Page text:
Thousands Gather On Beach For Softball World Series Event

Thousands Gather On Beach For Softball World Series Event
Photos by Shawn Soper

OCEAN CITY — Over 150 teams and thousands of players, coaches, family members and fans gathered on the beach at Caroline Street on Monday afternoon for the opening ceremonies of the third leg of the U.S. Specialty Sports Association (USSSA) Eastern World Series.

Over the last three weeks, nearly 6,000 softball players from all over the country and beyond have competed in the USSSA Eastern World Series with the final leg of the tournament, the largest of its kind in the country, getting under way this week. On Monday afternoon, the last 150 teams to compete in the three-weekend event gathered on the beach downtown for a parade up the Boardwalk and across the Caroline Street stage before settling in for the opening ceremonies.

Over the last three weeks, the USSSA Eastern World Series has drawn over 400 teams from 15 states and Canada to the Worcester-Wicomico region including Ocean City over the three-week life of the tournament. The event generates an estimated $19 million in economic impact and hotel room-night demand in excess of 10,000.

1-DSC_0347-150x150.jpgThe 2018 event is once again billed under the Mid-Atlantic Amateur Sports Alliance (MAASA), partnership formed in 2014 between Wicomico and Worcester Counties and the town of Ocean City. The partnership is the first of its kind in the nation and leverages the combined assets of each jurisdiction in order to attract, retain and build sports marketing events. For example, while Wicomico and Worcester have the athletic facilities to handle the events, the town of Ocean City has the hotel rooms and other amenities to accommodate the players, coaches, families, friends and fans.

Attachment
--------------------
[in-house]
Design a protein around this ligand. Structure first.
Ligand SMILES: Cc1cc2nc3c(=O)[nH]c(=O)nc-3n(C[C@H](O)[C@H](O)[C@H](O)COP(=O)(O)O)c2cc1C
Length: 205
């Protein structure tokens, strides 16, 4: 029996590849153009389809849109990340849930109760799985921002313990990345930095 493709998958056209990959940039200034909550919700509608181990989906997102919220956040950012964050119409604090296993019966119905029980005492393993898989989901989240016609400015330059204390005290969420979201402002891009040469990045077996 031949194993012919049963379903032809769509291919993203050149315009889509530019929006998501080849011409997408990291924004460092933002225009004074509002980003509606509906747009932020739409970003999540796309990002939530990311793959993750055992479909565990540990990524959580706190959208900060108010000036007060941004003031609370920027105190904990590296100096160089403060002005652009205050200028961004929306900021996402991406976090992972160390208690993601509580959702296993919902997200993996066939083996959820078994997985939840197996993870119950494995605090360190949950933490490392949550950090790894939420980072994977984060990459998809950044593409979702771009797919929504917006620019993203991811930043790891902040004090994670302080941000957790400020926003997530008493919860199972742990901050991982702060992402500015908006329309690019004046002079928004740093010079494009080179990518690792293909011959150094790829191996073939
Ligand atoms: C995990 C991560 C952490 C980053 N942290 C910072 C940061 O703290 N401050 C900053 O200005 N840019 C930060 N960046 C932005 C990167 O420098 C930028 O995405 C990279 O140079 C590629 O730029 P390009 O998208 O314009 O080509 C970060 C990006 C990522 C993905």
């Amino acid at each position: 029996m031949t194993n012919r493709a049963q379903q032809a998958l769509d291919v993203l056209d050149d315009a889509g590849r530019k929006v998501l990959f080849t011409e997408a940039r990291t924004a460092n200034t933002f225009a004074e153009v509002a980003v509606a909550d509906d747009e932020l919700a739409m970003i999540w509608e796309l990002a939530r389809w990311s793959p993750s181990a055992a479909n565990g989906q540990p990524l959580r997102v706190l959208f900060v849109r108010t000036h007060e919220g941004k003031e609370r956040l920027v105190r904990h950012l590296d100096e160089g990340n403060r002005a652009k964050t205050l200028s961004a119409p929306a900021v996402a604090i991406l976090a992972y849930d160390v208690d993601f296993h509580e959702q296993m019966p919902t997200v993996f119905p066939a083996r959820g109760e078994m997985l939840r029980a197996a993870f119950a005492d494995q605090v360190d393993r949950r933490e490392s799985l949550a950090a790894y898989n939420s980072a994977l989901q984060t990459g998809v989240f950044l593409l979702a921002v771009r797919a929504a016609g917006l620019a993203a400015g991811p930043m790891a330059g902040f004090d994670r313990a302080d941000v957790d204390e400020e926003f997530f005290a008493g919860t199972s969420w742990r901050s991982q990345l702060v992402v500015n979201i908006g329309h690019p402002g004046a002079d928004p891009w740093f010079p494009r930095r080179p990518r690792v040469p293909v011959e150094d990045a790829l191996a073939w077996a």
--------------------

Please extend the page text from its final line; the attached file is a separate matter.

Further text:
About The Author: Shawn Soper

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Shawn Soper has been with The Dispatch since 2000. He began as a staff writer covering various local government beats and general stories. His current positions include managing editor and sports editor. Growing up in Baltimore before moving to Ocean City full time three decades ago, Soper graduated from Loch Raven High School in 1981 and from Towson University in 1985 with degrees in mass communications with a journalism concentration and history.